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👋 Good morning! So interesting that Apple’s new monitor is the weakest link of its three new products that have seen reviews come out…

New phones

Galaxy A53 A33 Infographic Thumb1000

Samsung announced its A-series phones yesterday, featuring the Samsung Galaxy A53 and A33 in its presentation, while, for some reason, also quietly releasing the Galaxy A73 as well, the largest of the three, all with 5G.

  • The A53 is probably the sweet spot of these three mid-range value-packed phones, and the fact that the A53 gets a big processor upgrade with the new Exynos 1280 processor built on a 5nm process, an IP rating for waterproofing, 120Hz variable refresh display, and drops in price from the A52 down to $450 makes it a pretty strong contender, especially against the iPhone SE.
  • Plus, pre-orders include a set of Galaxy Buds Live. Not bad, if you don’t mind the bean look.
  • The A33 gets a jump as well, really leaping ahead by also packing the Exynos 1280 processor, a new 90Hz Super AMOLED panel, and 5,000mAh battery as well, though. As far as I can tell, US pricing for the A33 wasn’t released, and Samsung didn’t confirm it would make it to the US at all. In the UK, it’s £329, and US pricing based on that figure is usually something like $350 or so, but that’s pure speculation.
  • In any case, the A53 is the hero for Samsung for now, and pre-orders go until the end of March.

Meanwhile, in China, Xiaomi announced the Redmi K50 and K50 Pro, which also look to be priced under $500, at least in China equivalent pricing.

Why does this phone series matter? Two reasons:

  • The K-series is often given another life as one of Xiaomi’s other brands, like Poco or the older Mi T series.
  • We might again see the K50 or the K50 Pro as Poco F4 series devices, if the rumors are true
  • And why not: this is usually where Xiaomi is really hard to beat for its affordable flagship specs. The phones usually just miss a few of the higher-end features but packing so much in for your dollar is hard to ignore.
  • But the really interesting thing about the K50 series this time is that they’re not built with Qualcomm Snapdragon chips, but, finally, the flagship MediaTek Dimensity chips.
  • The K50 Pro sports the Dimensity 9000, which was announced back in November last year, but hasn’t yet been seen in a phone you or I could buy today. I mean, Oppo did launch an Oppo Find X5 Pro Dimensity 9000 edition in China, but availability of that phone has been clouded.
  • Now, at least, a more available model is in China, and should the day come when the K50 series in any form is available in global markets, we’ll finally get our hands on what may challenge Qualcomm’s Snapdragon 8 Gen 1 chipset, which has long been the default best-in-Android-chipset-class.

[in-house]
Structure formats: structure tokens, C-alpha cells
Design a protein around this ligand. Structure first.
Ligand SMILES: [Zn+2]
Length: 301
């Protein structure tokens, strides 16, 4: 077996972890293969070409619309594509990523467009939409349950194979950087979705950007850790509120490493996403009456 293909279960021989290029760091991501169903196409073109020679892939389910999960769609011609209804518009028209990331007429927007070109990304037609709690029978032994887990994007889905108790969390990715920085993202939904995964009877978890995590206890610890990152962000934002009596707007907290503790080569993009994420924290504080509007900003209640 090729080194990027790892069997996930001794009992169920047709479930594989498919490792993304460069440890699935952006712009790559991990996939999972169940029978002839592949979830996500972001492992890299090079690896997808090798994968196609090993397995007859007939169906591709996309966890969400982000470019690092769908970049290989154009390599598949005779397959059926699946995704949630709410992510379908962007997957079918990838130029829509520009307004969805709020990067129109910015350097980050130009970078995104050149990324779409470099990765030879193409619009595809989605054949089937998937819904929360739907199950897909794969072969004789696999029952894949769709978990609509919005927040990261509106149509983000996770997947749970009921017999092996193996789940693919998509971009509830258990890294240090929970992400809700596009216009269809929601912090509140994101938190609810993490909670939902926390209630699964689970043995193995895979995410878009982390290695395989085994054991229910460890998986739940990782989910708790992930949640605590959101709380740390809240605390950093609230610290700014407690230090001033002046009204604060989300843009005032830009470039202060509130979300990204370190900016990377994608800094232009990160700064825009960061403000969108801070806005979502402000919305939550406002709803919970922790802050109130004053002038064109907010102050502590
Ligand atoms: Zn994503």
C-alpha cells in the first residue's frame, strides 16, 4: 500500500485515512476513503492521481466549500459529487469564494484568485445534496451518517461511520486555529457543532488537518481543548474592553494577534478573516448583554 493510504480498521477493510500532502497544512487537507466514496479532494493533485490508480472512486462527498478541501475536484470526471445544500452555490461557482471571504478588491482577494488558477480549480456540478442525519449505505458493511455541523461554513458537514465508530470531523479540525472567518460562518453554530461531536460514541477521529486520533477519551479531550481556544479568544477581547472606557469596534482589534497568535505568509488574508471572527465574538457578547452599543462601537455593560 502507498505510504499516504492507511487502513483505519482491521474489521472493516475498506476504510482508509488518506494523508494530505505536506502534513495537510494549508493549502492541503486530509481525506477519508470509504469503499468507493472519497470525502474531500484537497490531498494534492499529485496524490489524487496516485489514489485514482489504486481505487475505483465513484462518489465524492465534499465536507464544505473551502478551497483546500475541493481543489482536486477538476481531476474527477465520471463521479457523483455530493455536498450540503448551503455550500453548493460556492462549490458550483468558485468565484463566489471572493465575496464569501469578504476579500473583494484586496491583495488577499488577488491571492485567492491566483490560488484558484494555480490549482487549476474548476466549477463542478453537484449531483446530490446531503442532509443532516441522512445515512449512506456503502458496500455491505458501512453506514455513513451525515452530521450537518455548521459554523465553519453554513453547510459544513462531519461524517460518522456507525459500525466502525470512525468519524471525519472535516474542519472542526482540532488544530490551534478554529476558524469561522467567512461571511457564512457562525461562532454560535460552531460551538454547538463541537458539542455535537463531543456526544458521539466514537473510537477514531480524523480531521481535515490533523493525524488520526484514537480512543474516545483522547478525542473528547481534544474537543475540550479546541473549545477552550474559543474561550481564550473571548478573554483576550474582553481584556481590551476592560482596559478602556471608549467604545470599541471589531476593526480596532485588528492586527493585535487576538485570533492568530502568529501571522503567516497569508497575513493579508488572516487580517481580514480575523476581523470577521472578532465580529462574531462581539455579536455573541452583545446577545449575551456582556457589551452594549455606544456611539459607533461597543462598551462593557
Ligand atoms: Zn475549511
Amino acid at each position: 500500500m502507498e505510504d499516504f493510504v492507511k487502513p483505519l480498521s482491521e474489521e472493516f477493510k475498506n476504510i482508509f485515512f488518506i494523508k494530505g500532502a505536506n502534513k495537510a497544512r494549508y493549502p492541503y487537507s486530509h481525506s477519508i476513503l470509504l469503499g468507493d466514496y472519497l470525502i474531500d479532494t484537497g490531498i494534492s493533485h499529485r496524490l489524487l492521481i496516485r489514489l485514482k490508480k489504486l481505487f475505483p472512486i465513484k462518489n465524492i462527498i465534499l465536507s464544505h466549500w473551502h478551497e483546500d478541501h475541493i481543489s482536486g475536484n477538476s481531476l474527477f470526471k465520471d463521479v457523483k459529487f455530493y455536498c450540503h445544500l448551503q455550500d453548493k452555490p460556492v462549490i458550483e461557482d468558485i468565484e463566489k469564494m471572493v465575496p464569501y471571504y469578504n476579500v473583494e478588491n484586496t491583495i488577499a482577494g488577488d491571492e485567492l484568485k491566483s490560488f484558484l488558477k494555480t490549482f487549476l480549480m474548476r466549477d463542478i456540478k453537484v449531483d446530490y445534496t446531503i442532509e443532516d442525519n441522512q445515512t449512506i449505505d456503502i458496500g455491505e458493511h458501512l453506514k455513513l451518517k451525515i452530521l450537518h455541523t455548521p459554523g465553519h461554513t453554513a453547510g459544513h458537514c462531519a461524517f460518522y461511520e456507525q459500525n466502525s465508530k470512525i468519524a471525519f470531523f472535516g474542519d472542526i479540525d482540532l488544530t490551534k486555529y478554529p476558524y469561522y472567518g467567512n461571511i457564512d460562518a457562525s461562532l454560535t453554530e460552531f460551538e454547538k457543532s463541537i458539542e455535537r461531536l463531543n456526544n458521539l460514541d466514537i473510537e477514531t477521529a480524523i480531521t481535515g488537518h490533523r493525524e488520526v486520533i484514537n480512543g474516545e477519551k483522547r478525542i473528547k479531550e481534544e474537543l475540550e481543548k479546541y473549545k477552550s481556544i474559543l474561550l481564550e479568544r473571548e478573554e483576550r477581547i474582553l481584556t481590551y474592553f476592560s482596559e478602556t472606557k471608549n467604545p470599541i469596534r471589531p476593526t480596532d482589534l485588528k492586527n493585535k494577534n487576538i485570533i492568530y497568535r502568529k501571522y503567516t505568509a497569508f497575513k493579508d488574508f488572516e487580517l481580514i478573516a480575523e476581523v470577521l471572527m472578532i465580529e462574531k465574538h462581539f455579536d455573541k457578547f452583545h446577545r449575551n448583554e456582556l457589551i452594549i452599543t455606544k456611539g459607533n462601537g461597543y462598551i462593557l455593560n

Roundup

👍 Second Android 13 developer preview is here: new handling of notifications, security tweaks, support for the next-generation Bluetooth LE Audio standard, and more. This is everything we know about Android 13 so far, too. (Android Authority).

🏆 Google Play Store will promote tablet apps with a “quality” ranking to boost better tablet apps, as part of the push to make developers crank out tablet apps (Ars Technica).

📺 Among a bunch of new Samsung 2022 model TVs, Samsung’s first OLED TV has arrived: QD-OLED is part of the branding, and the new Samsung OLED S95B comes in 55-inch and 65-inch sizes, pre-order pricing at $2,400/$3,500. Here’s a first look(CNET).

👉 The tech that’ll make the smart home of right now and in the future much better, Matter, has been delayed again. Amazon, Apple, Google, Samsung, and so on are all on board, but the launch in late 2020 slipped to 2022, and now it’s slipped to fall 2022. Why? “To further improve code quality and stability and accommodate the breadth of Matter devices and platforms, we’re extending our testing and validation events,” said a CSA blog post. It’s so important that it works and that it’s seamless and becomes the standard everyone uses, so I’m good with the delays (CSA).

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I mentioned the link to watch NASA’s very important SLS rocket head out onto the launch pad. But as Mashable points out, the star of that part of the show isn’t really the rocket.

It’s the crawler itself, which is:

  • Able to carry 18 million pounds or more than 8 million kilograms.
  • 131 feet long and 114 feet wide, i.e. a flat surface larger than a baseball infield.
  • Essentially carrying a skyscraper.
  • And, generally, quite remarkable, using tank-tracks to move.

Bonus: Please enjoy the story of a guy accidentally discovering his wife is the world’s best Tetris player. The kicker? “From now on you pack the car.”

Tristan Rayner, Senior Editor.





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